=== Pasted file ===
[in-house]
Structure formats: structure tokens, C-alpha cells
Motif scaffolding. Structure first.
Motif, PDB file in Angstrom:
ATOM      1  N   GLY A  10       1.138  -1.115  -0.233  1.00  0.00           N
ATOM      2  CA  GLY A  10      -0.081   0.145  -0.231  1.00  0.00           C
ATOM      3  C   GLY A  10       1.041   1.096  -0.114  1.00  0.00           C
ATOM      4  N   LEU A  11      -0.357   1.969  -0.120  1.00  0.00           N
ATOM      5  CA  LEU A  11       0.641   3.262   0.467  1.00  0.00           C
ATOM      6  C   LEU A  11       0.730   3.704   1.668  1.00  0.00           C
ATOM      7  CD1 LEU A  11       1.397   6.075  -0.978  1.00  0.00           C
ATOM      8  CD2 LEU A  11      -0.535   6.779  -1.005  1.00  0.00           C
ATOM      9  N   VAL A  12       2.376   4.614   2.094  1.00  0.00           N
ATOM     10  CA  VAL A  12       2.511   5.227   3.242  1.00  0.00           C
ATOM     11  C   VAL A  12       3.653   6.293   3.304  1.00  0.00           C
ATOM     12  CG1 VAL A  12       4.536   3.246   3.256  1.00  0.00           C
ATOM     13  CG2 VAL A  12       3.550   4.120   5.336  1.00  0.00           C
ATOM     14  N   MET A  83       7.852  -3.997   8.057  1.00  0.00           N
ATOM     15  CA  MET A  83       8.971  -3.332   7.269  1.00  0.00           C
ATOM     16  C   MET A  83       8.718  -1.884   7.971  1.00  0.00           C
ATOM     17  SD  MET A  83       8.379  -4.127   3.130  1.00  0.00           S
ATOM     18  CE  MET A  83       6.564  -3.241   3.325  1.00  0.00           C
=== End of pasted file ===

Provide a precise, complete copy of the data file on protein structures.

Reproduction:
[in-house]
Structure formats: structure tokens, C-alpha cells
Motif scaffolding. Structure first.
Motif, PDB file in Angstrom:
ATOM      1  N   GLY A  10       1.138  -1.115  -0.233  1.00  0.00           N
ATOM      2  CA  GLY A  10      -0.081   0.145  -0.231  1.00  0.00           C
ATOM      3  C   GLY A  10       1.041   1.096  -0.114  1.00  0.00           C
ATOM      4  N   LEU A  11      -0.357   1.969  -0.120  1.00  0.00           N
ATOM      5  CA  LEU A  11       0.641   3.262   0.467  1.00  0.00           C
ATOM      6  C   LEU A  11       0.730   3.704   1.668  1.00  0.00           C
ATOM      7  CD1 LEU A  11       1.397   6.075  -0.978  1.00  0.00           C
ATOM      8  CD2 LEU A  11      -0.535   6.779  -1.005  1.00  0.00           C
ATOM      9  N   VAL A  12       2.376   4.614   2.094  1.00  0.00           N
ATOM     10  CA  VAL A  12       2.511   5.227   3.242  1.00  0.00           C
ATOM     11  C   VAL A  12       3.653   6.293   3.304  1.00  0.00           C
ATOM     12  CG1 VAL A  12       4.536   3.246   3.256  1.00  0.00           C
ATOM     13  CG2 VAL A  12       3.550   4.120   5.336  1.00  0.00           C
ATOM     14  N   MET A  83       7.852  -3.997   8.057  1.00  0.00           N
ATOM     15  CA  MET A  83       8.971  -3.332   7.269  1.00  0.00           C
ATOM     16  C   MET A  83       8.718  -1.884   7.971  1.00  0.00           C
ATOM     17  SD  MET A  83       8.379  -4.127   3.130  1.00  0.00           S
ATOM     18  CE  MET A  83       6.564  -3.241   3.325  1.00  0.00           C